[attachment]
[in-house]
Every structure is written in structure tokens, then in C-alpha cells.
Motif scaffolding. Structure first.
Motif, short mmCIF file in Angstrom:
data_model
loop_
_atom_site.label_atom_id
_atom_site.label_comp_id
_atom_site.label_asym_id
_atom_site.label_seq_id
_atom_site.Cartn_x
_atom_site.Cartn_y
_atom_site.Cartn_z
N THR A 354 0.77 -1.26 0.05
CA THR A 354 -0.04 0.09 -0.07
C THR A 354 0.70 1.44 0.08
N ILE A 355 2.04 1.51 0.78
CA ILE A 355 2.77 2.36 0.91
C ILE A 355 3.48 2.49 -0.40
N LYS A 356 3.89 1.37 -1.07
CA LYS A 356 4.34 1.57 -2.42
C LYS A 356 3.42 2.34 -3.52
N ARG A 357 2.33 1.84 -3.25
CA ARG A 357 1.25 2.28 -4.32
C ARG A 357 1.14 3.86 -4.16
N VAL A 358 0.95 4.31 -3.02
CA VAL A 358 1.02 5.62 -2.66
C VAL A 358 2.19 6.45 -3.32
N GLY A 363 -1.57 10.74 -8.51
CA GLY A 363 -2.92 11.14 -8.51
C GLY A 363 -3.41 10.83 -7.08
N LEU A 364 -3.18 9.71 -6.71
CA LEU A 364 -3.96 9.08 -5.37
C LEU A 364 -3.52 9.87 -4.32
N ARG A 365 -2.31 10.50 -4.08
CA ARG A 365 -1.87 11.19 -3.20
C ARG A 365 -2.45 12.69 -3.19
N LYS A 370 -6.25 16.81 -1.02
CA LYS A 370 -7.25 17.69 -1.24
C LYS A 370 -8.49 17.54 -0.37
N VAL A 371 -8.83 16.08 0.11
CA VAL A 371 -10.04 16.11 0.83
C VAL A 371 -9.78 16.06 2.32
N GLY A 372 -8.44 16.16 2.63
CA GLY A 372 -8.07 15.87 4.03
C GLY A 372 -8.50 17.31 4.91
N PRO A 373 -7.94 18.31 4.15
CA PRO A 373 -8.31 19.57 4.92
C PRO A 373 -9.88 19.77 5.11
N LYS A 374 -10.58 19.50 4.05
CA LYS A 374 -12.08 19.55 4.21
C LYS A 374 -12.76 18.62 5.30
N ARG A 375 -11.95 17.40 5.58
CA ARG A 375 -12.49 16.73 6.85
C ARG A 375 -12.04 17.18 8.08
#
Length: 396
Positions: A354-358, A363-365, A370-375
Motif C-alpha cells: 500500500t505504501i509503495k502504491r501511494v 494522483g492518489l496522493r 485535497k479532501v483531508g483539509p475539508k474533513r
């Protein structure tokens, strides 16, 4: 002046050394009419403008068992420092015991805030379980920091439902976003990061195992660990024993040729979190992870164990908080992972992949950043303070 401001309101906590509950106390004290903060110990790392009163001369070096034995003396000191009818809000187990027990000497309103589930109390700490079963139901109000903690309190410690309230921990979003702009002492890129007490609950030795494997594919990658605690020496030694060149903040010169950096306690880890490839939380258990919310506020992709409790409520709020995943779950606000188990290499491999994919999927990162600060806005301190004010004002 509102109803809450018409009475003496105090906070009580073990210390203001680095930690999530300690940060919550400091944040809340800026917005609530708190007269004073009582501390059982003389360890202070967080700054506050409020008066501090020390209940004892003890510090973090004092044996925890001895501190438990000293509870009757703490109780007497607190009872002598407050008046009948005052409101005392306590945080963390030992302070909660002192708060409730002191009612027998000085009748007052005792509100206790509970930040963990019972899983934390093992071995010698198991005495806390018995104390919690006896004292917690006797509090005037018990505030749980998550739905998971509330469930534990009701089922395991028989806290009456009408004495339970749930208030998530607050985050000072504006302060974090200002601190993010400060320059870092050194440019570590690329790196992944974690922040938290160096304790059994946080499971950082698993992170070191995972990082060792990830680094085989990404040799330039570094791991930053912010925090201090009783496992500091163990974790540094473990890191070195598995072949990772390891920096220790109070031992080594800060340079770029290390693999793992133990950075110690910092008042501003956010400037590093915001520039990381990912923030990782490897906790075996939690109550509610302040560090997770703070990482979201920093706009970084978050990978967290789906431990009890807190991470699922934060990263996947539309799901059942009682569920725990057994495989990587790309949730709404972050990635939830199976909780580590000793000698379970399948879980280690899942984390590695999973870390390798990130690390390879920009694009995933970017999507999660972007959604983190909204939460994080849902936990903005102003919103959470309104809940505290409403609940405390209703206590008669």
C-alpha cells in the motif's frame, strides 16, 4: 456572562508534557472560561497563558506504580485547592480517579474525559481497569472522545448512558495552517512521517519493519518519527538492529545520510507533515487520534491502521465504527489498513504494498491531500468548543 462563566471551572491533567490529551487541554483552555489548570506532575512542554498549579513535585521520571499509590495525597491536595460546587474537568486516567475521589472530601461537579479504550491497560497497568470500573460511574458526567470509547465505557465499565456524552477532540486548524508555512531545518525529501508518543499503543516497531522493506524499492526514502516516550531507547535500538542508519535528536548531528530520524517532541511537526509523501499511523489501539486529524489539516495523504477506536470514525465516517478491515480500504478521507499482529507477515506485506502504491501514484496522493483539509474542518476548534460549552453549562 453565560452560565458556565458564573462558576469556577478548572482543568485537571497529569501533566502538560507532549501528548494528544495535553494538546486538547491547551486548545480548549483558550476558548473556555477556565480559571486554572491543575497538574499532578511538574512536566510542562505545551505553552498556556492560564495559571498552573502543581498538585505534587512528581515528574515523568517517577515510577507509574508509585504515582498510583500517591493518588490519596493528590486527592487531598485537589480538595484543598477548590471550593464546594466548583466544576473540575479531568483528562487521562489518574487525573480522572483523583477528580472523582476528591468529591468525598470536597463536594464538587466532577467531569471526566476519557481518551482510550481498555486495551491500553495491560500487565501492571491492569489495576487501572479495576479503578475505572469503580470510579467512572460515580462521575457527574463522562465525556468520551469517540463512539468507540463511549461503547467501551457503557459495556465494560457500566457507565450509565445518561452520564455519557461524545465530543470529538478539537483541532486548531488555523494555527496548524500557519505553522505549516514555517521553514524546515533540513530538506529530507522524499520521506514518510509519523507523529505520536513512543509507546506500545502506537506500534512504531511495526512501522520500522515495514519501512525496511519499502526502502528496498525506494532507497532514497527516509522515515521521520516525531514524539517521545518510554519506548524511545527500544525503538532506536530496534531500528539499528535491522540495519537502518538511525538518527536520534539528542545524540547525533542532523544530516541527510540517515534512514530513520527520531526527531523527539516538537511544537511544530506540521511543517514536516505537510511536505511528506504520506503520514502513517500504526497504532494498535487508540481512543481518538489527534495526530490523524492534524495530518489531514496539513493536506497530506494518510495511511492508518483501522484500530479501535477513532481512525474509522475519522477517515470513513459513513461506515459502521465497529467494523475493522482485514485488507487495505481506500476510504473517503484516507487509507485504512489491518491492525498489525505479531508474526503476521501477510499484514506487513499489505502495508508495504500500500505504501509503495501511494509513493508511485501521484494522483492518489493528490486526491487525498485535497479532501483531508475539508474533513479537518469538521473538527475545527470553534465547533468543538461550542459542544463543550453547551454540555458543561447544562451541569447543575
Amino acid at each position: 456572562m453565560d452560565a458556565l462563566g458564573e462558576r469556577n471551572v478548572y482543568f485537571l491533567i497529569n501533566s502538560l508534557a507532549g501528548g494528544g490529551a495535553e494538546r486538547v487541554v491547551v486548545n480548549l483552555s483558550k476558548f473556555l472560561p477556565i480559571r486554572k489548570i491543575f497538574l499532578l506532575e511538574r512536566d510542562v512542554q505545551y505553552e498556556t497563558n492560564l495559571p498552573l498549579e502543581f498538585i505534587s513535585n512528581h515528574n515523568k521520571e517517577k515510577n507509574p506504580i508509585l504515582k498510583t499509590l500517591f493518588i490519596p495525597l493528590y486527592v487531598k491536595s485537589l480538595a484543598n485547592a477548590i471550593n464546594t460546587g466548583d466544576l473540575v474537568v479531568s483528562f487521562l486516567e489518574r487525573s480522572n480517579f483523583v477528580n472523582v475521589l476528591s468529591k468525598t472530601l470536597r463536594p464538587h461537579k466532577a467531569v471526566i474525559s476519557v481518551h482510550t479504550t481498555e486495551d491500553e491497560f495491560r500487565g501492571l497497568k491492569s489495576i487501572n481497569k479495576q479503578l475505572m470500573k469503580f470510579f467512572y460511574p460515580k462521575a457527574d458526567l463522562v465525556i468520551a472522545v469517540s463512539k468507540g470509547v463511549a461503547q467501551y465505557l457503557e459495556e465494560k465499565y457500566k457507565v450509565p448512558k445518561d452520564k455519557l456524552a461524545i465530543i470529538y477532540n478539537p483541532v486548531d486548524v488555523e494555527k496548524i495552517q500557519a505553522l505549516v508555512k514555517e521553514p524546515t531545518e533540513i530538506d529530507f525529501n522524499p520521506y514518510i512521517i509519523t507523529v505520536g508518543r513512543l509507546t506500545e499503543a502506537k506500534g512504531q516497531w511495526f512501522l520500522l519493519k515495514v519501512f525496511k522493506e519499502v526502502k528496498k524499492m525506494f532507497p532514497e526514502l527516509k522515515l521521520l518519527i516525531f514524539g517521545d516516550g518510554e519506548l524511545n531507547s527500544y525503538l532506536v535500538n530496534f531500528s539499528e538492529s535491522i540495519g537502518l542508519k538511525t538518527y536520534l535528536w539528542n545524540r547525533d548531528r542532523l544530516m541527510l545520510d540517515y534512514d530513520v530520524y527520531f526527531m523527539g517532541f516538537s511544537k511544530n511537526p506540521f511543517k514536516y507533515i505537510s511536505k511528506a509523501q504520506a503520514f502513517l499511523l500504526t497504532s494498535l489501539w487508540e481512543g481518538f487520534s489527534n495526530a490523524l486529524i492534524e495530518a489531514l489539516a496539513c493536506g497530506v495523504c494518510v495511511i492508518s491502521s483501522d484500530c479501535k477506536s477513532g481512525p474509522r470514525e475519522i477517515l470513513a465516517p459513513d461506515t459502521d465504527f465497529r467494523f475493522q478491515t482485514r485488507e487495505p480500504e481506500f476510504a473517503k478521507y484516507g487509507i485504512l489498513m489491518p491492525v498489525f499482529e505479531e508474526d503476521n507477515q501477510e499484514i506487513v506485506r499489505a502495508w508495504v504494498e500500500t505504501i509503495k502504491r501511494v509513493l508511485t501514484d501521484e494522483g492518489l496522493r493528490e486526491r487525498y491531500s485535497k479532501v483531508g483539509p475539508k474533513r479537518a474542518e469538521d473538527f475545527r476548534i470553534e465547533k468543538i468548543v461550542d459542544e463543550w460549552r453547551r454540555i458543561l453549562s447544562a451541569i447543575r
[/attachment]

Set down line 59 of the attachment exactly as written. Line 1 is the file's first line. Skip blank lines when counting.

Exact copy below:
Motif C-alpha cells: 500500500t505504501i509503495k502504491r501511494v 494522483g492518489l496522493r 485535497k479532501v483531508g483539509p475539508k474533513r